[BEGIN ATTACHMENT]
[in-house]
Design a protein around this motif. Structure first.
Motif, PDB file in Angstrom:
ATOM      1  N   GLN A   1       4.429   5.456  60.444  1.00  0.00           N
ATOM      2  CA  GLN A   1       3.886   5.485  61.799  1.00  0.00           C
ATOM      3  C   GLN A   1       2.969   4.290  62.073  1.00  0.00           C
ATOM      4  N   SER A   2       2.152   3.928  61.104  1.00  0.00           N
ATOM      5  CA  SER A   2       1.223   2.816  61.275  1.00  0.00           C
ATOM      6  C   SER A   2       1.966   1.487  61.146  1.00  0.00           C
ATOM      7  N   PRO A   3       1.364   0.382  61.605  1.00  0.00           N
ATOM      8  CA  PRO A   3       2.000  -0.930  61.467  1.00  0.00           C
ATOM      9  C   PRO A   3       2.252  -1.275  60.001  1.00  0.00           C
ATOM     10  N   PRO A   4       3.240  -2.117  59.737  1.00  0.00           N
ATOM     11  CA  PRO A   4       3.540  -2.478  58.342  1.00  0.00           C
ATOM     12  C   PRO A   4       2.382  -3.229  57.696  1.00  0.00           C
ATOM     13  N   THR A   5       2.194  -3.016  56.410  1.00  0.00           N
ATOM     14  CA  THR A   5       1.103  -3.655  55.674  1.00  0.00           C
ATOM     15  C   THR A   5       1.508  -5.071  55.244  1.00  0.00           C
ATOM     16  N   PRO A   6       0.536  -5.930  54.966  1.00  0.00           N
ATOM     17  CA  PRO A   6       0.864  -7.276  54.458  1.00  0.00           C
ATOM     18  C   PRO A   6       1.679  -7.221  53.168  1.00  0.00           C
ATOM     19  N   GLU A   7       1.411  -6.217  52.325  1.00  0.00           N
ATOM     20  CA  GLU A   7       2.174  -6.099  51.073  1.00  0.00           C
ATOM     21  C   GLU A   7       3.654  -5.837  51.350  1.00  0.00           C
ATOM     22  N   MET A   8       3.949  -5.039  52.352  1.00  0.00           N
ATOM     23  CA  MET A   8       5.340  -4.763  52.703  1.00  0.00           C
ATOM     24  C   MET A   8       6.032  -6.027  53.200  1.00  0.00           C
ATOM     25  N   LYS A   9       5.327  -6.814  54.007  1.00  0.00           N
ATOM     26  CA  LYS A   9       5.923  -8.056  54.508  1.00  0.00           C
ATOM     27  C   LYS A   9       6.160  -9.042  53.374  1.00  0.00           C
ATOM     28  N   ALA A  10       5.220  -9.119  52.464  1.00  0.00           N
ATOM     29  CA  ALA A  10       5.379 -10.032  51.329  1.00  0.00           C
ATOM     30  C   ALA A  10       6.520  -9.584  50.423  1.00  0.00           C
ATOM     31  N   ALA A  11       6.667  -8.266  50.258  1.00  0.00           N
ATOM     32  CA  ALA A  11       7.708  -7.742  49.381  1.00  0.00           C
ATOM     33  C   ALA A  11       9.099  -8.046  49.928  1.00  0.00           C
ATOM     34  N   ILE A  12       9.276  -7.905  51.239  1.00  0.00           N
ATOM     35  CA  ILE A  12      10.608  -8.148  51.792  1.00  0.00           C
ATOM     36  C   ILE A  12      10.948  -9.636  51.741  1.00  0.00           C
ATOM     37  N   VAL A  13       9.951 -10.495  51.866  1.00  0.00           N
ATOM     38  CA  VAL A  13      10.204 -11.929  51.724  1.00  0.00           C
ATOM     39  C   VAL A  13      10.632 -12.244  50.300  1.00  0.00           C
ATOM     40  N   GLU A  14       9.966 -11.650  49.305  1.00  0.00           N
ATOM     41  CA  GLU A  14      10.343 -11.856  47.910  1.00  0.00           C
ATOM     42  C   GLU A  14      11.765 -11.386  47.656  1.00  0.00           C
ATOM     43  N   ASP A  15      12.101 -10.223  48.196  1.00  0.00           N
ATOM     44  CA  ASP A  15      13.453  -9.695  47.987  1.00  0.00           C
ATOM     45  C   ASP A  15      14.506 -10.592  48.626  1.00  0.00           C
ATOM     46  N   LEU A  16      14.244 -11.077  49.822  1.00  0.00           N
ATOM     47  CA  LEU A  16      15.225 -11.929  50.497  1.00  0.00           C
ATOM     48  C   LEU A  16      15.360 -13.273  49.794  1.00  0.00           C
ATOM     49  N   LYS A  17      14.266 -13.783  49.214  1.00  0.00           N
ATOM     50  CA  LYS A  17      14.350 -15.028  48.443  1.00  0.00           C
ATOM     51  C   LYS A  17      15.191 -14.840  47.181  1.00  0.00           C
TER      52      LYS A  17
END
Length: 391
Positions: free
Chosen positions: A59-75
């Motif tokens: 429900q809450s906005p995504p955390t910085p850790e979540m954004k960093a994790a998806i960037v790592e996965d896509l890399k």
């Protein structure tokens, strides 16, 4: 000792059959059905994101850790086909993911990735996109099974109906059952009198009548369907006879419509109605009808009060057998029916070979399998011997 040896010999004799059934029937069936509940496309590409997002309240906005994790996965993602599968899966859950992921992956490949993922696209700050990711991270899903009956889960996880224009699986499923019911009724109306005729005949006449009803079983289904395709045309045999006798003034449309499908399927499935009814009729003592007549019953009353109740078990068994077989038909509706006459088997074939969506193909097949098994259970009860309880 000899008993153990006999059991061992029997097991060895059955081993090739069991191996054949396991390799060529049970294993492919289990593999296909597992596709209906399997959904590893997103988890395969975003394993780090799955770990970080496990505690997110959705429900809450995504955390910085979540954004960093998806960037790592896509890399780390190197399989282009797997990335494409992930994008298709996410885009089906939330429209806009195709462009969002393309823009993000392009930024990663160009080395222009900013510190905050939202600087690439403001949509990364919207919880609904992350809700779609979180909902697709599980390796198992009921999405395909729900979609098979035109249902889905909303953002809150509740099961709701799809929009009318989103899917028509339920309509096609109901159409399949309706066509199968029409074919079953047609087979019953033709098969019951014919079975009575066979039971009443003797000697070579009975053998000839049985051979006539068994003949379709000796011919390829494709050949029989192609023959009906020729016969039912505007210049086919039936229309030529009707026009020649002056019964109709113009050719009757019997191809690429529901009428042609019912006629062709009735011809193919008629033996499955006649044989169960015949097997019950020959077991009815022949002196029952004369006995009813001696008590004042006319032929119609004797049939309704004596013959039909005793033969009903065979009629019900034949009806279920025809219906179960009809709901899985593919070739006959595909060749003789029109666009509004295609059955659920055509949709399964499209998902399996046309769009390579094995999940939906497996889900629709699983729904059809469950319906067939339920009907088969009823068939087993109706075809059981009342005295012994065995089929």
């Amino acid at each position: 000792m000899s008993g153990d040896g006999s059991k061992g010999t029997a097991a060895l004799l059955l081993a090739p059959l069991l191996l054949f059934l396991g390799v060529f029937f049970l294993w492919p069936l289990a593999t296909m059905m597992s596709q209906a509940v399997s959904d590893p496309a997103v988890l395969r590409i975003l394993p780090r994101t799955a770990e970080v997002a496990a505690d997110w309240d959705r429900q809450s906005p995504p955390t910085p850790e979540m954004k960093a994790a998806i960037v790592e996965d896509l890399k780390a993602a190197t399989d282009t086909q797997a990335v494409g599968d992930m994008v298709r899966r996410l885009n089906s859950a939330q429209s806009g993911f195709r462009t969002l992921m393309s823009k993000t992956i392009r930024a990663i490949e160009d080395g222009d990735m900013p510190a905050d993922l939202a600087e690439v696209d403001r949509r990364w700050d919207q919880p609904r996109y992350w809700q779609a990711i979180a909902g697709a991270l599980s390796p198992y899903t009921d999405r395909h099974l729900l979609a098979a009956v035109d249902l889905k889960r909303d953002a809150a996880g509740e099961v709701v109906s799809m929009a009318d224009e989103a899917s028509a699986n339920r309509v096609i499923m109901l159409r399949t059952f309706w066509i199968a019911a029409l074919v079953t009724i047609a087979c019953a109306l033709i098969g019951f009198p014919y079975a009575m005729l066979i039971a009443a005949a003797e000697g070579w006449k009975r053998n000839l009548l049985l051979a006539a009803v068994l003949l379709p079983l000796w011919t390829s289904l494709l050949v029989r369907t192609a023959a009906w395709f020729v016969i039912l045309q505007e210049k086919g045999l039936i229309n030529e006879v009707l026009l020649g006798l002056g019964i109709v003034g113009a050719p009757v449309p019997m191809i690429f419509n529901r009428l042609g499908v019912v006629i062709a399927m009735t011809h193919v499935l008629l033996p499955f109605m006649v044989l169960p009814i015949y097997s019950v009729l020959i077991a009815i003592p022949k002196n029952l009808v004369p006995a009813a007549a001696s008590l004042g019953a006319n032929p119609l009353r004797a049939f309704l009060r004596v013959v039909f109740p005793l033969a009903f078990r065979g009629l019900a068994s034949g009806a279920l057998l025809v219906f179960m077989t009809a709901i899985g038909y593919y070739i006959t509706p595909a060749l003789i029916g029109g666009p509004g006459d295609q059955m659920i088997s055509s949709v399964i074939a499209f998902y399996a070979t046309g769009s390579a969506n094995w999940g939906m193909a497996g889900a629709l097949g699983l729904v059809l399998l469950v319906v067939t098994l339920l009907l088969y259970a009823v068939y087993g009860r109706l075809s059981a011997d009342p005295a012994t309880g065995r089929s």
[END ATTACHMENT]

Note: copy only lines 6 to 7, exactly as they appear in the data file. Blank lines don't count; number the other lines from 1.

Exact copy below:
ATOM      3  C   GLN A   1       2.969   4.290  62.073  1.00  0.00           C
ATOM      4  N   SER A   2       2.152   3.928  61.104  1.00  0.00           N